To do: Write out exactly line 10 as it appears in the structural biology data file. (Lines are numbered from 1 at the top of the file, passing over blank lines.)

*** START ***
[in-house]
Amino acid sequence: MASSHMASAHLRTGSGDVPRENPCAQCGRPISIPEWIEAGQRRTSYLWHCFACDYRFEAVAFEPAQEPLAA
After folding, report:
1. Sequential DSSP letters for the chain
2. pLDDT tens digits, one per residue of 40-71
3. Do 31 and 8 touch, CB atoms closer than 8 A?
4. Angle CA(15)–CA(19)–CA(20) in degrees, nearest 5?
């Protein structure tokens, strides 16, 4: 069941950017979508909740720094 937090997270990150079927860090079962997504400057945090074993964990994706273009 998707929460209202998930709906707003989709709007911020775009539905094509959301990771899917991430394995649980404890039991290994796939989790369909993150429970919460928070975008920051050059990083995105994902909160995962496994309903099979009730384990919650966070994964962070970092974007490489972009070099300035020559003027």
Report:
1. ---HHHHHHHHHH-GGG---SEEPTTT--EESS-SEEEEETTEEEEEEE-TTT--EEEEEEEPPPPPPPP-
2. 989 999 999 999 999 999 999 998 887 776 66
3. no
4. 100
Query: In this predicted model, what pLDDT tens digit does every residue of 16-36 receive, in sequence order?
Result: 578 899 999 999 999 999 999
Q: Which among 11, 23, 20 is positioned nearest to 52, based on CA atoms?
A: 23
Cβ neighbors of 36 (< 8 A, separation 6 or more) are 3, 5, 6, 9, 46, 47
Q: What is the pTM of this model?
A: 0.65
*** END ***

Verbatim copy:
1. ---HHHHHHHHHH-GGG---SEEPTTT--EESS-SEEEEETTEEEEEEE-TTT--EEEEEEEPPPPPPPP-